Monday, December 3, 2012

Planning the Plan

A local retired US military officer who served in WWII and was involved in planning the D-Day invasion retained possession of his copy of those plans. As one might imagine these plans evolved over time as better G-2 became available and open issues were resolved. The Allies managed this development by issuing update packets containing revised pages and additional pages to plan holders who were instructed to remove and destroy updated pages. This particular officer never got around to destroying the superceded pages and consequently maintained not only a completed set of plans, but a historical trail of the creation of those plans.
He had the Plan of the Plan. 
While today's endeavors pale in comparison to That Day, we, through our public officials, do make plans that affect our daily lives.These plans evolve, and as they evolve the document that we commonly call "The Plan" goes through many drafts. Just as it is fascinating to see the development of a historical document it is even more revealing to see the progression of plans and other documents created on our behalf by our public servants.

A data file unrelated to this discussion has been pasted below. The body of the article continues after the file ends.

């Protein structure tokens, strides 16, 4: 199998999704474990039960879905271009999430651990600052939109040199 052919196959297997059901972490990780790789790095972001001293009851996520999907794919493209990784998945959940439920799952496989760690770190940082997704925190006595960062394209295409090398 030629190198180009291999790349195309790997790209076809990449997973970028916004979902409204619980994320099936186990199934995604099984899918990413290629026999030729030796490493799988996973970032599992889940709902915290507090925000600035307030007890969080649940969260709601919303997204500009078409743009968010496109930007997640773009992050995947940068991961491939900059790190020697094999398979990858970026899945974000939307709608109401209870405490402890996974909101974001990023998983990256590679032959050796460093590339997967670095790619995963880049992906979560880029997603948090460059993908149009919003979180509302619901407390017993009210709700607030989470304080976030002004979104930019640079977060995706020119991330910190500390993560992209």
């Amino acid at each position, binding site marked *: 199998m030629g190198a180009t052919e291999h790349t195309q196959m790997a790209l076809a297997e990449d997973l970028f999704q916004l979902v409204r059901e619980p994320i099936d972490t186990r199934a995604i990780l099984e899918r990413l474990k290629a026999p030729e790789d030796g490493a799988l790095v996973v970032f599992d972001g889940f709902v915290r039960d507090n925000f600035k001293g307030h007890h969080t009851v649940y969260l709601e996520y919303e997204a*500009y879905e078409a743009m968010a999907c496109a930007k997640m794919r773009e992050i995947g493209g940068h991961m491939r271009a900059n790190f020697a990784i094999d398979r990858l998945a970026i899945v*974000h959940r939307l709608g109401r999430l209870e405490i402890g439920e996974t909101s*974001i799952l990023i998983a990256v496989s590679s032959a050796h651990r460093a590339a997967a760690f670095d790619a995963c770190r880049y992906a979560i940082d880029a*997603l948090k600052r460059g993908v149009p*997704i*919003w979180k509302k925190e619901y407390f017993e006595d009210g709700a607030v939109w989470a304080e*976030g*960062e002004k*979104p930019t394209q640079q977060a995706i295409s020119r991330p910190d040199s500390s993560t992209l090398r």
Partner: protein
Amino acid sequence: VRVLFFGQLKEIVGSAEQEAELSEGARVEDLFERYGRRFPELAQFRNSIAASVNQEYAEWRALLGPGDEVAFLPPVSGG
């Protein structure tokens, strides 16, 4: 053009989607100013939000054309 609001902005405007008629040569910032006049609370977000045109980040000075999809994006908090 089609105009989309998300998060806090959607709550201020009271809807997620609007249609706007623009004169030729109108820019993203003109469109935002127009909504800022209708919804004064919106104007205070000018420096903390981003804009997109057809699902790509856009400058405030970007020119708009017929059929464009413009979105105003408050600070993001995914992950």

We have one such work in progress before us today: the KPMG audit of DeKalb County Schools' finances. It would be very revealing to compare and contrast the currently available draft document with the final document to see what additional items surface, what items are changed and which are eliminated. It would be even more revealing to acquire copies of all correspondence between the System and KPMG related to this effort since it is very likely that many updates will be driven by those in the System responsible for "damage control".

A "Reasonable Man" would suggest that all documents, especially something as important as a financial audit, should be proactively made public. Though it briefly was posted online that was only after it had been "leaked" and it was subsequently removed. This is unacceptable. Government organizations, DeKalb Schools, the County and the City, must maintain full, proactive disclosure of all documents and communications related to the people's business. And let's be clear, they should be doing nothing but the people's business.

One final observation: KPMG seems to think they own all distribution rights for a work product that we, the taxpayers, purchased and perhaps, by contract, they do. If this is indeed the case then our public servants should never again be party to a contract with such anti-transparency clauses and if that means KPMG walks away from our money then so be it.